Budding filmmakers thrive with Bus Stop Films

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Bus Stop Films was the brainchild of Genevieve Clay-Smith, and has been running in Sydney and Wollongong for nearly 10 years, teaching students with intellectual disabilities the art of filmmaking but also builds work-ready skills to help them gain employment in other industries.

“When I looked at our film and television landscape, there was no one on television with a disability and certainly no pathways for people with disabilities to be included,” Genevieve said.

“I started to create opportunities for people with disability on the sets of my films, but I realised there was a big gap, and that gap was really unjust because our film industry should be the most inclusive industry in the world – it’s the industry of story-telling.”

“I decided that I’d like to make filmmaking accessible for people, to teach people with disabilities the same things that I had loved learning about at university.”

Faced with the challenge of ensuring the business’ financial sustainability after being run for years on “volunteer love”, Genevieve decided to register Bus Stop as an NDIS provider last year, which means that NDIS participants can pursue the course as part of their vocation-focused skills development funding.

“We still fundraise for special projects, advocacy events, and student film festival travel but the face-to-face program focused on individual capacity building is now sustainable because of the NDIS, which is fantastic.”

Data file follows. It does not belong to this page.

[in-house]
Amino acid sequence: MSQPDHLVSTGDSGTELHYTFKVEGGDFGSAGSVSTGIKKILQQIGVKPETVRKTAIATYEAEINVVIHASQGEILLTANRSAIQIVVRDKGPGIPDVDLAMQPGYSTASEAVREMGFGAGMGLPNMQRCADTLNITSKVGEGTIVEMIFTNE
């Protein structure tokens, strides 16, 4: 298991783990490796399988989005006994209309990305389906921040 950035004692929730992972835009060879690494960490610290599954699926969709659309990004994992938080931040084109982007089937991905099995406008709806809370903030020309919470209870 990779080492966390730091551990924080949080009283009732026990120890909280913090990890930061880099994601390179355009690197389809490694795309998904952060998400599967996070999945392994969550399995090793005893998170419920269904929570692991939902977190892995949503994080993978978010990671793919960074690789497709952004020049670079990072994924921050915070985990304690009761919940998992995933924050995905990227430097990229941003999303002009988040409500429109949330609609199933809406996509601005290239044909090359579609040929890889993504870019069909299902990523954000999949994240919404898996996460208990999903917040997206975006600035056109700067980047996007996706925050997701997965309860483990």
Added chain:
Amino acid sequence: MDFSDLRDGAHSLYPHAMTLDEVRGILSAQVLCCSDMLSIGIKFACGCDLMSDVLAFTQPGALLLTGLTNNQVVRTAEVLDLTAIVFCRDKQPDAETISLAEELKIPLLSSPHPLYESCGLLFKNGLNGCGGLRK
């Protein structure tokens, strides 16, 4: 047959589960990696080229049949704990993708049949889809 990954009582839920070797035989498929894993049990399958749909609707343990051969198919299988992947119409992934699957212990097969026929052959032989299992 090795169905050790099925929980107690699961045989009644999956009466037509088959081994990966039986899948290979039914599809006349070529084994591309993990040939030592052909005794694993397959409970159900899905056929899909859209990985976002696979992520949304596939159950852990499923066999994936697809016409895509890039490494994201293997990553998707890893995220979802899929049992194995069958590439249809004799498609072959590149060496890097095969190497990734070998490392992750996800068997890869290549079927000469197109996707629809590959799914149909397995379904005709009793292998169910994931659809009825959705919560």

Genevieve said the benefits of the Bus Stop Films program went far beyond learning skills for the film industry, with students gaining work place skills that equip them for employment in many different industries following the course including law, information technology, administration, as well as in the film and television industry.

“We assist our students in developing literacy skills, communication skills, work-ready skills, social skills and living skills. We are serious about helping our students reach their full potential through a subject that everybody loves, and that’s film.”

One of the first program participants in Sydney was 34 year old Gerard O’Dwyer from Guildford who has Down syndrome. Gerard’s dream was to become an actor.

Gerard has since worked on short films, feature films, plays, commercials and training videos and won Best Actor at Tropfest - the world’s largest short film festival - in 2009 for his role in a short film produced by Bus Stop entitled Be My Brother, which also won Best Film. Gerard is the only actor with a disability to ever have won a Best Actor award. Gerard said Bus Stop Films had changed his life and allowed him to follow his dreams.

“Genevieve has put me in the news and kick started my career. I could not believe it when I won best actor at Tropfest that night. I could never have achieved this without Genevieve.”

“With every movie I’ve made with Bus Stop, I have improved as an actor and learned so much. I know she believes in me and that gives me so much confidence!”

“The NDIS has also supported me in my acting journey – funding the Bus Stop Films course, assisting me to develop my goals, improve my speech and communication, and funding a support worker to help me travel for my acting.”

Twenty-three year old Joni Campbell from Meadowbank has also seen numerous benefits from her involvement with the Bus Stop Film program which was funded by the NDIS; scoring an administration job at an international law firm as well as a coveted internship on ABC’s Playschool.

“Being involved in Bus Stop Films has made me more confident and made me realise I can do things I didn’t think I could. It’s taught me that having a disability shouldn’t define you or stand in the way of your hopes and dreams.”

Joni, who has dreams of becoming a film director, was also able to attend the Toronto International Film Festival earlier this year with Genevieve where she participated in a Q and A session about Bus Stop Films and her life as someone with a disability.

“It was a fantastic week. We did so much and met so many industry professionals, and we even got to go to a pitch for Sesame Street which was amazing!”